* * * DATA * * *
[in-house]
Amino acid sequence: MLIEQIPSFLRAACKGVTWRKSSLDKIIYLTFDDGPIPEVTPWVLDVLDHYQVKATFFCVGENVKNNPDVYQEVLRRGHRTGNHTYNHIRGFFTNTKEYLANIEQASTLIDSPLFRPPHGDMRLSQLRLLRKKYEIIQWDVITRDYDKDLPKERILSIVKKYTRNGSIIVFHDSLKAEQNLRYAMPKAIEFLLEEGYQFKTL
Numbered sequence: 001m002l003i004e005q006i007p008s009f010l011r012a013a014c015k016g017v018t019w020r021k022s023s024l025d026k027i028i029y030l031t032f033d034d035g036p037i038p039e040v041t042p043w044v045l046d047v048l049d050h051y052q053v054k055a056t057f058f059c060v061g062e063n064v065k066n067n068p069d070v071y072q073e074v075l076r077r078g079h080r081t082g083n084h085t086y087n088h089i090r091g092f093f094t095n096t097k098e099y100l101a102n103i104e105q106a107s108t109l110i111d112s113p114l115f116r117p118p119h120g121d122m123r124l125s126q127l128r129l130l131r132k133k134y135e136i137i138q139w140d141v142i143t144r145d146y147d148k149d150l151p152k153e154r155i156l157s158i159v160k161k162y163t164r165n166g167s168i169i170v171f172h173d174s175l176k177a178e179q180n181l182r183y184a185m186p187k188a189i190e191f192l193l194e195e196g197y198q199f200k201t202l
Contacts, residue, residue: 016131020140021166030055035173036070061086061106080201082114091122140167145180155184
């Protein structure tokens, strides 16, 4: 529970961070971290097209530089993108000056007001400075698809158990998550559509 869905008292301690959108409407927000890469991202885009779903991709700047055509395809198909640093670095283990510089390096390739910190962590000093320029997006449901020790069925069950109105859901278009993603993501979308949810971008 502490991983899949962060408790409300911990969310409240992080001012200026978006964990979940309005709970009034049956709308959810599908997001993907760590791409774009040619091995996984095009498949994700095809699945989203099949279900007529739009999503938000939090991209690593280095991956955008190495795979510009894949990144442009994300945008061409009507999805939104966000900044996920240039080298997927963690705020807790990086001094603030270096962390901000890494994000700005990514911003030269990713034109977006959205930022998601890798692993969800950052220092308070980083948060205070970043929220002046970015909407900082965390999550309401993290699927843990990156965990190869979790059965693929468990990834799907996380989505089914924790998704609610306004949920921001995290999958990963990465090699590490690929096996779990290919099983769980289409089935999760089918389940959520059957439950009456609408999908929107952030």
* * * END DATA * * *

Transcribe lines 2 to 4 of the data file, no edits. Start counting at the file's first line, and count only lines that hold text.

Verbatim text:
Amino acid sequence: MLIEQIPSFLRAACKGVTWRKSSLDKIIYLTFDDGPIPEVTPWVLDVLDHYQVKATFFCVGENVKNNPDVYQEVLRRGHRTGNHTYNHIRGFFTNTKEYLANIEQASTLIDSPLFRPPHGDMRLSQLRLLRKKYEIIQWDVITRDYDKDLPKERILSIVKKYTRNGSIIVFHDSLKAEQNLRYAMPKAIEFLLEEGYQFKTL
Numbered sequence: 001m002l003i004e005q006i007p008s009f010l011r012a013a014c015k016g017v018t019w020r021k022s023s024l025d026k027i028i029y030l031t032f033d034d035g036p037i038p039e040v041t042p043w044v045l046d047v048l049d050h051y052q053v054k055a056t057f058f059c060v061g062e063n064v065k066n067n068p069d070v071y072q073e074v075l076r077r078g079h080r081t082g083n084h085t086y087n088h089i090r091g092f093f094t095n096t097k098e099y100l101a102n103i104e105q106a107s108t109l110i111d112s113p114l115f116r117p118p119h120g121d122m123r124l125s126q127l128r129l130l131r132k133k134y135e136i137i138q139w140d141v142i143t144r145d146y147d148k149d150l151p152k153e154r155i156l157s158i159v160k161k162y163t164r165n166g167s168i169i170v171f172h173d174s175l176k177a178e179q180n181l182r183y184a185m186p187k188a189i190e191f192l193l194e195e196g197y198q199f200k201t202l
Contacts, residue, residue: 016131020140021166030055035173036070061086061106080201082114091122140167145180155184